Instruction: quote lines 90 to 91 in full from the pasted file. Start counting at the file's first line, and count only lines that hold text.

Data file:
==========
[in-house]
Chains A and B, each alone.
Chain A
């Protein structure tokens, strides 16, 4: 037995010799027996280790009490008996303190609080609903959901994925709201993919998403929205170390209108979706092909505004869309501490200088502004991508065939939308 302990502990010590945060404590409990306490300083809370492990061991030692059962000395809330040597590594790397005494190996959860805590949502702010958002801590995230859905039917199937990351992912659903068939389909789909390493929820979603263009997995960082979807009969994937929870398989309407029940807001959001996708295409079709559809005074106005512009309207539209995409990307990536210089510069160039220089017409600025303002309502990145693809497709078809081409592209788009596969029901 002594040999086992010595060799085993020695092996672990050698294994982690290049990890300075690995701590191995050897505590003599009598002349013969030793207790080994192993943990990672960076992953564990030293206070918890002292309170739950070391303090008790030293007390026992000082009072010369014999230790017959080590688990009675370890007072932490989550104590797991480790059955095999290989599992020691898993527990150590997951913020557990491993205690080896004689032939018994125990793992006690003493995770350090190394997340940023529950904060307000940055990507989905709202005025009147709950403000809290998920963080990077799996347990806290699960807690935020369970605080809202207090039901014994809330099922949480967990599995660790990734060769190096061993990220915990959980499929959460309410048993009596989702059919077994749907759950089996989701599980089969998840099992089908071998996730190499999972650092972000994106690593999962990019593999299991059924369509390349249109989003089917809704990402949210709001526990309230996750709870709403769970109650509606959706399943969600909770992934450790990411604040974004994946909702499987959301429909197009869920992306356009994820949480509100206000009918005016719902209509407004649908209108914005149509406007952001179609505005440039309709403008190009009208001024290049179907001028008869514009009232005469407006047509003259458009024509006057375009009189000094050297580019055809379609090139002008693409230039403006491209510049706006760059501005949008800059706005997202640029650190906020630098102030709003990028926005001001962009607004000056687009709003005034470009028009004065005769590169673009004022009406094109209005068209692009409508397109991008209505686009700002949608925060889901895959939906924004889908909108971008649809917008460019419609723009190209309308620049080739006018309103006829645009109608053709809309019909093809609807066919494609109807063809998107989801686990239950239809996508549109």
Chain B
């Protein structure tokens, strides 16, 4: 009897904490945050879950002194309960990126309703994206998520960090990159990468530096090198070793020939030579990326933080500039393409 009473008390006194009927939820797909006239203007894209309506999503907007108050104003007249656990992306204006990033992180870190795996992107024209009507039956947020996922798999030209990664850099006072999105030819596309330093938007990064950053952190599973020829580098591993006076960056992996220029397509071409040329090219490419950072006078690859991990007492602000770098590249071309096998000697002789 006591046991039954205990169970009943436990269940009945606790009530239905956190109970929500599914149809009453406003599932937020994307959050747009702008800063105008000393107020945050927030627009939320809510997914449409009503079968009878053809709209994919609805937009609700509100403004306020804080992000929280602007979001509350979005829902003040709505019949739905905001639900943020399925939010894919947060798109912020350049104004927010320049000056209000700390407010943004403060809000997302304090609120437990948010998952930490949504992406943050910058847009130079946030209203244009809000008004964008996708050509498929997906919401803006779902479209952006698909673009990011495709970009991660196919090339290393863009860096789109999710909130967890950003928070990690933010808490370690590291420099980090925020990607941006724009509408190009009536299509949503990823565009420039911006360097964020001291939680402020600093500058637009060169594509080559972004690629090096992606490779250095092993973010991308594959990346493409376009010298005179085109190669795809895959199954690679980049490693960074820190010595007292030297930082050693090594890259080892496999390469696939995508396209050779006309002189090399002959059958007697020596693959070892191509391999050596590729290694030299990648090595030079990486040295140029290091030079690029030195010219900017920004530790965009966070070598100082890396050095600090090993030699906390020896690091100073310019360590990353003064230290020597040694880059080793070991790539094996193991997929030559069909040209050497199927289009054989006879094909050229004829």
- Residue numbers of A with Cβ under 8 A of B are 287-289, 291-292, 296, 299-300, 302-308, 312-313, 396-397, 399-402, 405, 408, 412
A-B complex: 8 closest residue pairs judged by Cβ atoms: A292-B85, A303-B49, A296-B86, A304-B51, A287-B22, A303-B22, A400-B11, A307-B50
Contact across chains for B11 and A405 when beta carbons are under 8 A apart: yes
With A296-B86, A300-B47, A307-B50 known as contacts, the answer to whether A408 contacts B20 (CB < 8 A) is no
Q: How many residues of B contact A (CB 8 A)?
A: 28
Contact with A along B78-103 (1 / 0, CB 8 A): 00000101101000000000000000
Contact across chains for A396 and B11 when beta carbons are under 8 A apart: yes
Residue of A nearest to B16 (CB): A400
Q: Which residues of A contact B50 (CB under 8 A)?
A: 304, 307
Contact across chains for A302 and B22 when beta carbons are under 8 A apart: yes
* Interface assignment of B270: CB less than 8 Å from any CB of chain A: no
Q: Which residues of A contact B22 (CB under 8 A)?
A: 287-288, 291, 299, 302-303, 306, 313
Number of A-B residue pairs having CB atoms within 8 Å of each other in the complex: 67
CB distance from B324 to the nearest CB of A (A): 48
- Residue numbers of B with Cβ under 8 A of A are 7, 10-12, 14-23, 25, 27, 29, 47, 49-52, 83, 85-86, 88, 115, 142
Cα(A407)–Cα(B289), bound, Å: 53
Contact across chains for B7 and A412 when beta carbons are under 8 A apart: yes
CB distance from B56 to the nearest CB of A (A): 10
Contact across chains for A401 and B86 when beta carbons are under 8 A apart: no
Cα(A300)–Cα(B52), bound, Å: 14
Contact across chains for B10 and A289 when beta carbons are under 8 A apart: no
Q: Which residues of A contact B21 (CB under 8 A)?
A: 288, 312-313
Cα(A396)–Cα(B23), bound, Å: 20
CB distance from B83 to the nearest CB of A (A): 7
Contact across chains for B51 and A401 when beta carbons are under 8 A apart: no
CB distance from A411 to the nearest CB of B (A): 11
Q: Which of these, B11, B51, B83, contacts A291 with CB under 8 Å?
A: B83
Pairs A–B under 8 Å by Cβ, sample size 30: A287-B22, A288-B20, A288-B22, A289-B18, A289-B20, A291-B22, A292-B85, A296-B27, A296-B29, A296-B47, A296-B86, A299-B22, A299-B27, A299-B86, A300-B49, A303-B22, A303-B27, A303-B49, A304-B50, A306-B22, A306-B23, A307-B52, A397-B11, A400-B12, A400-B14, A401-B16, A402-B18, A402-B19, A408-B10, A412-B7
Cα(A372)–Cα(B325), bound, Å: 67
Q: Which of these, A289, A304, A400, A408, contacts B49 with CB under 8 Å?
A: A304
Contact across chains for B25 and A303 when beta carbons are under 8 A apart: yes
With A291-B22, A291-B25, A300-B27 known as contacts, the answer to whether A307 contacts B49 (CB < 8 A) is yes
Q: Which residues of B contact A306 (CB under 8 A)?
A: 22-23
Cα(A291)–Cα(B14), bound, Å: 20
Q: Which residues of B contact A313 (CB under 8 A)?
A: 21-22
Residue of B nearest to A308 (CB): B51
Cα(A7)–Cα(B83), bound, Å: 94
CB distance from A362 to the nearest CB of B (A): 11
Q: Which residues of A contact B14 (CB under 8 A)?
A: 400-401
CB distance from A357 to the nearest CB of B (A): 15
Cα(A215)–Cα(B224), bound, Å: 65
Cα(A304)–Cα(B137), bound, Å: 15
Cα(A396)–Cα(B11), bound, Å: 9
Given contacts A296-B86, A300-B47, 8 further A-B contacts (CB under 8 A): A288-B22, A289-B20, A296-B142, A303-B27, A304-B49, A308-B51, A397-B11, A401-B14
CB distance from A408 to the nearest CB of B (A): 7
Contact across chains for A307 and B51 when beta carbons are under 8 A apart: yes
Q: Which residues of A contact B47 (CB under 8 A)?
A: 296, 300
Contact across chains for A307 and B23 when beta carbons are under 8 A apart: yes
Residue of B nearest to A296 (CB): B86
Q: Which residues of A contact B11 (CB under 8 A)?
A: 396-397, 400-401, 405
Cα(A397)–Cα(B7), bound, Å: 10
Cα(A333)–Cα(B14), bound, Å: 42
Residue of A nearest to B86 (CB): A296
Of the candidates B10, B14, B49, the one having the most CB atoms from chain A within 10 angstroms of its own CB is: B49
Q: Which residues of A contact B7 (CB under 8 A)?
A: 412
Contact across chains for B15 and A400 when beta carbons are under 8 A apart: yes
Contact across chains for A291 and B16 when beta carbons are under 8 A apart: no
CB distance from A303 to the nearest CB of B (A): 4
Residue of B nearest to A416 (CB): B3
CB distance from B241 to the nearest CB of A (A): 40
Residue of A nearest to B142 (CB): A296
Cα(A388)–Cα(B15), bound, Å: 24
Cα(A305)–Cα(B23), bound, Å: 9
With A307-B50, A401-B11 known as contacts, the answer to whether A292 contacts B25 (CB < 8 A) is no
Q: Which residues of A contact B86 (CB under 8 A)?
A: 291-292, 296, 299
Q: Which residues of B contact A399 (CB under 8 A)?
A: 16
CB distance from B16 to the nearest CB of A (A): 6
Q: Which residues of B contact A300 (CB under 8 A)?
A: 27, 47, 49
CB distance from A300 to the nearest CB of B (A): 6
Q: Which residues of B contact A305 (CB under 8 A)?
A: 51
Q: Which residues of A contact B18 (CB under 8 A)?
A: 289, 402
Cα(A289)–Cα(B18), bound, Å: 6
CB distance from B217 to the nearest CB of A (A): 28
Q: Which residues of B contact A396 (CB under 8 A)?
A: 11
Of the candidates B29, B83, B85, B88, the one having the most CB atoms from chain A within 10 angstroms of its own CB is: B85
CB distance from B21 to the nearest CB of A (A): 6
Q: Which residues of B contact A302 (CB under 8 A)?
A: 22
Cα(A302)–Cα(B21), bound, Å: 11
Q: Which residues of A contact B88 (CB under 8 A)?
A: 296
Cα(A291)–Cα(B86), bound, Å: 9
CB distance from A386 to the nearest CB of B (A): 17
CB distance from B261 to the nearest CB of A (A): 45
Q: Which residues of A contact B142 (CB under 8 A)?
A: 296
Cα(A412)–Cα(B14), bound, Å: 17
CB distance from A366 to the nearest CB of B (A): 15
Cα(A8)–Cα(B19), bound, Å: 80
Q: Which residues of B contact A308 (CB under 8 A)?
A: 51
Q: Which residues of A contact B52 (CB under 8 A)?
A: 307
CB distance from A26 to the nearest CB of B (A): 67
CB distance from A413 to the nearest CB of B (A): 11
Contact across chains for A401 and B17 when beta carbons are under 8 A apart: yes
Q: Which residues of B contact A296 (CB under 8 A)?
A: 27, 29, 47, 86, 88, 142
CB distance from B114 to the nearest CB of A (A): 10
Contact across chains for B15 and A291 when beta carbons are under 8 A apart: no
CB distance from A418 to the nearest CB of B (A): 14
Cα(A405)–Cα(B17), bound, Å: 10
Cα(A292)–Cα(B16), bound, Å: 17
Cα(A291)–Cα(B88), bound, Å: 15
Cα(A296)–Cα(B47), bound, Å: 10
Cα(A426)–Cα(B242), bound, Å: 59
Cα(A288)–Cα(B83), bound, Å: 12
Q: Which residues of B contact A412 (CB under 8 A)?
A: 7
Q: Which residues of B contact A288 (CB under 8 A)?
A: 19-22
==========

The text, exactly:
CB distance from A300 to the nearest CB of B (A): 6
Q: Which residues of B contact A305 (CB under 8 A)?